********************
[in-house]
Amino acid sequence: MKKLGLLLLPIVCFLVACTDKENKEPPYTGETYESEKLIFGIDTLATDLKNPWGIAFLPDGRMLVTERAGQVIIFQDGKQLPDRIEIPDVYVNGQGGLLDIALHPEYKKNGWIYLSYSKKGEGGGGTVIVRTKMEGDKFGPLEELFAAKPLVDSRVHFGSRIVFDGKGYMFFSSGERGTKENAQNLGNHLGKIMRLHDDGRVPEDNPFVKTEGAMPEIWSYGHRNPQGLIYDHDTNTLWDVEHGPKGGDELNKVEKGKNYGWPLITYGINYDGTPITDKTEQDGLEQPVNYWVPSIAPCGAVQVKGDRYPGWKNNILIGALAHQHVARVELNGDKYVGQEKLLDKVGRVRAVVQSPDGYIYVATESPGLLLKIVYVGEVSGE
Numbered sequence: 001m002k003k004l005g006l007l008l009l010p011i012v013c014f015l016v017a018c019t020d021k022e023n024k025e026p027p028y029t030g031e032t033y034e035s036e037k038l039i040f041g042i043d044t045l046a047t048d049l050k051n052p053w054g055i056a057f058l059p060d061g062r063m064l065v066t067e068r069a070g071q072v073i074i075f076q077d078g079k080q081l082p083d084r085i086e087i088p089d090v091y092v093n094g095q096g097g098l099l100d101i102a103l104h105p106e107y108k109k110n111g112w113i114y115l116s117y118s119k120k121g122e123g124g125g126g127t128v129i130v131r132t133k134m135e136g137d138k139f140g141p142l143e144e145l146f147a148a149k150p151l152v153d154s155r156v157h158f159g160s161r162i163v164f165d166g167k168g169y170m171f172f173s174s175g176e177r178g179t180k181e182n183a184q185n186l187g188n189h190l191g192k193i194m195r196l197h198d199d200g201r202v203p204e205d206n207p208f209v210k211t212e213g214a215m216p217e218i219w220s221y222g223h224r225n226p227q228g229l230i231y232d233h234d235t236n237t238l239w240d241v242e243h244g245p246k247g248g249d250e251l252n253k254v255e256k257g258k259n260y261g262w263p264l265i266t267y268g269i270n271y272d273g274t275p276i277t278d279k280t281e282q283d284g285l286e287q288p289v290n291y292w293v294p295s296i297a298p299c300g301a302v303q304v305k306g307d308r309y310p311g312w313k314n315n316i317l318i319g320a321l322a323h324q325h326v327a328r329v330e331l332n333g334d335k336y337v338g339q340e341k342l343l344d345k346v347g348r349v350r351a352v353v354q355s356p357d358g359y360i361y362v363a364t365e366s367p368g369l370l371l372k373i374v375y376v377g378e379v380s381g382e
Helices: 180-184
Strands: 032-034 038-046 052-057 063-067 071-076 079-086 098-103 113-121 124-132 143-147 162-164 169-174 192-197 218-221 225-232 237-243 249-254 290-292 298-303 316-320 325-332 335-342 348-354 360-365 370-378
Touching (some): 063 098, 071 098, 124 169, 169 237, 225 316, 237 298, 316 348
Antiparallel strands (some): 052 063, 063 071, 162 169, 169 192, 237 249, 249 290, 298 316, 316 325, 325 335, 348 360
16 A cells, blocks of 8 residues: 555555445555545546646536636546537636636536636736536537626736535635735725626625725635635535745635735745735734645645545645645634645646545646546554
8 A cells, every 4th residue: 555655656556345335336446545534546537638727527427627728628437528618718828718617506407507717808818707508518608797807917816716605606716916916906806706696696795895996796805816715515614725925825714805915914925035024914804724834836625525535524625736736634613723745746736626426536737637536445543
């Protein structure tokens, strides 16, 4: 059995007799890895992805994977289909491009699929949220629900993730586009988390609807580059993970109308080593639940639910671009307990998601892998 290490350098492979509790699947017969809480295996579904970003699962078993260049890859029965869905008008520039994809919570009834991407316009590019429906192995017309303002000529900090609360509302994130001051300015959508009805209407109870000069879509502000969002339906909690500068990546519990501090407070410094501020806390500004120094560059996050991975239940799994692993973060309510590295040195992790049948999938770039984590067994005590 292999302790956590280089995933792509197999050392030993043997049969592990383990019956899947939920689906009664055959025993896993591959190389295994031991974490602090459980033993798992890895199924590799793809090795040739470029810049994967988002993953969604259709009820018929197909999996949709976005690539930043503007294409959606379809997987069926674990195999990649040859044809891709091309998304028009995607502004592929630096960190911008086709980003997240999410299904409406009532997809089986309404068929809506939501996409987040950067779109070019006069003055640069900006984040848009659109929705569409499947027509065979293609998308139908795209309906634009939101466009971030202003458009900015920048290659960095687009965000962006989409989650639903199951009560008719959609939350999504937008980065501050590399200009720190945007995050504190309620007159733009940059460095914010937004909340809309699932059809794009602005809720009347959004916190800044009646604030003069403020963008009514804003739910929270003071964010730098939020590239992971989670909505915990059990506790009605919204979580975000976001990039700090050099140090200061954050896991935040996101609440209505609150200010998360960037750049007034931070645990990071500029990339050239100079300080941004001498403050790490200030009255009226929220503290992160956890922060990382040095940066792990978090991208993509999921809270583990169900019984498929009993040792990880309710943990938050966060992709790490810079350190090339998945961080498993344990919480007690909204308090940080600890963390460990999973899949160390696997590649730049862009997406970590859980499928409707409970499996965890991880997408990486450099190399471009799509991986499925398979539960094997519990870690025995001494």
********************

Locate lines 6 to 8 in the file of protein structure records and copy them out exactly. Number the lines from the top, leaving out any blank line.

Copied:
Touching (some): 063 098, 071 098, 124 169, 169 237, 225 316, 237 298, 316 348
Antiparallel strands (some): 052 063, 063 071, 162 169, 169 192, 237 249, 249 290, 298 316, 316 325, 325 335, 348 360
16 A cells, blocks of 8 residues: 555555445555545546646536636546537636636536636736536537626736535635735725626625725635635535745635735745735734645645545645645634645646545646546554